S. Lebanon’s Shebaa Farms: Still awaiting liberation

S. Lebanon’s Shebaa Farms: Still awaiting liberation

16 years have passed since Israel withdrew from Southern Lebanon, but for the people of Shebaa Farms, liberation remains elusive

By Hamza Tekin

SHEBAA, Lebanon (AA) - The Lebanese people on Wednesday marked the passage of 16 years since the Israel army withdrew from Southern Lebanon -- after facing stiff resistance from Hezbollah -- following 18 years of occupation and conflict.

But for the people of Southern Lebanon’s Shebaa Farms region, which until this day remains partially occupied by the Israeli military, "Liberation Day" -- commemorated each year on May 25 -- is bittersweet.

Located on the border between Lebanon and the Syrian Golan Heights, the Shebaa Farms region is roughly 11 kilometers (7 miles) long and 2.5 kilometers (1.5 miles) wide.

Despite Lebanon’s repeated assertions that the Shebaa Farms sit on sovereign Lebanese land, the United Nations has consistently failed to press Israel to withdraw from the territory.

The "Blue Line" -- drawn by the UN following the 2000 Israeli withdrawal to separate Lebanon and the Jewish state -- put most of the territory of Shebaa Farms within the latter’s borders.

Residents of the town of Shebaa, which lies on the Lebanese side of the Blue Line, still dream of returning to their ancestral farmsteads, which lie in the part of the region still occupied by Israel.

While they, too, celebrate Israel’s withdrawal from most of Southern Lebanon 16 years ago, they criticize the Arab world’s seeming indifference to Israel’s continued occupation of their land.

"The oppressor took our land and the Arabs do nothing," Khalil Mohamed al-Saadi, 85, said, sitting outside his home in the town of Shebaa.

"Now the Arabs don’t even ask about Shebaa Farms or its people," he told Anadolu Agency bitterly.

- ‘Rightful owners’

Al-Saadi recalled the suffering of the Lebanese people in general, and those of Sheba Farms in particular, during Israel’s occupation of Southern Lebanon from 1982 to 2000.

"We lived a very hard life under occupation; we had to get special permits [from the occupation authorities] just to enter or leave our land," he said. "I’ll never forget the suffering and humiliation."

"They were bitter days but -- thank God -- Israel eventually withdrew from most of the south," he added. "But our ordeal still hasn’t ended as our farms are still held by the occupier."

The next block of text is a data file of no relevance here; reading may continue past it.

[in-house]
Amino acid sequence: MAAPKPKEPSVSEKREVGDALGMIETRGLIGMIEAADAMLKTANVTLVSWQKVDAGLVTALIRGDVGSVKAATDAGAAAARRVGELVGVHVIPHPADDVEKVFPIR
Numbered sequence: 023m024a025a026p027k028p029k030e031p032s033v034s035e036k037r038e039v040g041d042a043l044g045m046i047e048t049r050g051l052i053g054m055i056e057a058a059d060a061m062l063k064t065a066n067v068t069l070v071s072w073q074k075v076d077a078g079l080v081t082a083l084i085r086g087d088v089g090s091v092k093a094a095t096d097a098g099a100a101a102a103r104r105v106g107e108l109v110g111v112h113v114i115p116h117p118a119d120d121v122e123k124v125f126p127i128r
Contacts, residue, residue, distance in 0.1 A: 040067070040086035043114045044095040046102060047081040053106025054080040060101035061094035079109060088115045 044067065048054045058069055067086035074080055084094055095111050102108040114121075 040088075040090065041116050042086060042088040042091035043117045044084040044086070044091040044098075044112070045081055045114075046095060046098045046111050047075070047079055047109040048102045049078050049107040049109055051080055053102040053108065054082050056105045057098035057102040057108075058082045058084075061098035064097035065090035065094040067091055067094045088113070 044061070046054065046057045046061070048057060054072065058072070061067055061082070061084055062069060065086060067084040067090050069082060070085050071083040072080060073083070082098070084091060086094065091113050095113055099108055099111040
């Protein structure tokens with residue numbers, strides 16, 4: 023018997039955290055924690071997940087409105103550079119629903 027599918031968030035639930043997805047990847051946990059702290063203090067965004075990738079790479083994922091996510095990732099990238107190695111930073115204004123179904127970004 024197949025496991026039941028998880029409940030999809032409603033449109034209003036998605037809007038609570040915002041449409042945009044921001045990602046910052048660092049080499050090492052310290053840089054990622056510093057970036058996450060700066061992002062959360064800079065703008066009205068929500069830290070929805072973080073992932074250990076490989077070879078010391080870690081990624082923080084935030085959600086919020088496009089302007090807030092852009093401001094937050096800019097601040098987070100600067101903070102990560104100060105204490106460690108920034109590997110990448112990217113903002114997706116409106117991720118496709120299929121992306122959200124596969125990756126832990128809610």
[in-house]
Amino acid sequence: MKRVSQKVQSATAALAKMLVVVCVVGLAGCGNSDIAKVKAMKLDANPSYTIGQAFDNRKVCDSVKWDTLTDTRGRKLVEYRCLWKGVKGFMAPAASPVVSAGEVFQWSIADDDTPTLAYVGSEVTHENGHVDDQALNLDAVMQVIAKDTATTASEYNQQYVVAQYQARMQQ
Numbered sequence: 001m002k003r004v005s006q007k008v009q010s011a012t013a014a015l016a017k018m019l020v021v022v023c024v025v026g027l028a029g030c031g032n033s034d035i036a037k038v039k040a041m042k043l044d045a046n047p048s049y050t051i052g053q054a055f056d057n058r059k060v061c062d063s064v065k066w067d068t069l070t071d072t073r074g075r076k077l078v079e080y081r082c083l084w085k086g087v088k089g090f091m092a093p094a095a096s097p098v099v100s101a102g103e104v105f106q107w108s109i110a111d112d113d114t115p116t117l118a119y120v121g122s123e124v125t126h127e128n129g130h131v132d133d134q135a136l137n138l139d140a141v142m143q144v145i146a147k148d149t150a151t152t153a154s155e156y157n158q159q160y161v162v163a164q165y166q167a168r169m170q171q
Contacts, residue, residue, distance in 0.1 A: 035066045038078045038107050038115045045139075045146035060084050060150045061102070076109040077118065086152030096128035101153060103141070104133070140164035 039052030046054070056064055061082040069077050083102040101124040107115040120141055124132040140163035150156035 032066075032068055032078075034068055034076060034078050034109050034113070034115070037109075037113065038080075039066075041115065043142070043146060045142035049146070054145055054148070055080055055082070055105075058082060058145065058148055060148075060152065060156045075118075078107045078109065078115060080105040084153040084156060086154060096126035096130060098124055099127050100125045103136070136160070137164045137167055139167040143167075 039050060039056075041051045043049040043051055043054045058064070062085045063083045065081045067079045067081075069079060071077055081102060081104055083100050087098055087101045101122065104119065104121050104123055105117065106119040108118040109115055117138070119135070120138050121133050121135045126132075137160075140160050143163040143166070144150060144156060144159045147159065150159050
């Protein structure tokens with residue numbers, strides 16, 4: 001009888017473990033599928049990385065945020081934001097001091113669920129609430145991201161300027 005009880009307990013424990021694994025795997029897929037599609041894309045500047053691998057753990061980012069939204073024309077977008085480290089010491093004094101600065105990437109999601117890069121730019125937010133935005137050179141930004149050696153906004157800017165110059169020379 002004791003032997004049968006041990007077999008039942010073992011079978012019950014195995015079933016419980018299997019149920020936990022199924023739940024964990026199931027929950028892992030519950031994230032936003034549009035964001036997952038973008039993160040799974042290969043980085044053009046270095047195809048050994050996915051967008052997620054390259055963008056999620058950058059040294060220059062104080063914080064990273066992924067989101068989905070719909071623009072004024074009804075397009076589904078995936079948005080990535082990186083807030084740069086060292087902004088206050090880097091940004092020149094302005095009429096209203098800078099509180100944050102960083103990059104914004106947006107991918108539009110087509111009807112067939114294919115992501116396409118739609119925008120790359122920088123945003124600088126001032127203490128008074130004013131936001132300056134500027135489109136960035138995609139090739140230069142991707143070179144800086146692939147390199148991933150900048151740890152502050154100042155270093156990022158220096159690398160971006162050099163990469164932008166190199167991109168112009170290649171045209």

"Many people of the area have died without getting their land back," he went on. "Now I’m an old man, and the farmland has yet to be liberated."

"No one seems to care about this issue; no one is concerned with our suffering," he complained. "If our sons hadn’t found work abroad, we would have died of starvation."

Salim Ali Ghadir, a 45-year-old retired Lebanese army officer and Shebaa resident, stressed the commitment of local residents to one day returning to their homes and farms.

"We are the rightful owners of this land. We have the right to defend it from the Israeli enemy," he said. "We would rather die than abandon it."

Ghadir, too, who was briefly arrested by the Israeli army in 1985, bitterly recalled the 18-year occupation of Southern Lebanon.

"We couldn’t enter our towns and villages without being subject to humiliations and suffering, until the day of liberation in 2000 when our situation improved," he said.

"But," he added, "we still await the full liberation of our land."

On Wednesday, he went on to assert, "the Lebanese people with pride and dignity will remember the day when the Israeli enemy withdrew from most of the south".

"Liberating one’s land from occupation is the epitome of dignity," the retired army officer added. "It means everything to us."

- Marginalization

Ghadir went on, however, to complain that the Lebanon-held parts of the region had become marginalized by the current government in Beirut, especially in terms of public services.

"Unfortunately, after the defeat of our enemy, our town suffered -- and has continued to suffer -- from marginalization by the Lebanese state," he said.

He urged the government to help provide the area with basic infrastructure, "like the construction of schools, universities, hospitals and factories".

"Because if things go on as they are now," he warned, "the people of Shebaa will continue to emigrate -- both abroad and to elsewhere in Lebanon -- which will eventually empty the town of its young people."

Ali Abo Rezig contributed to this report

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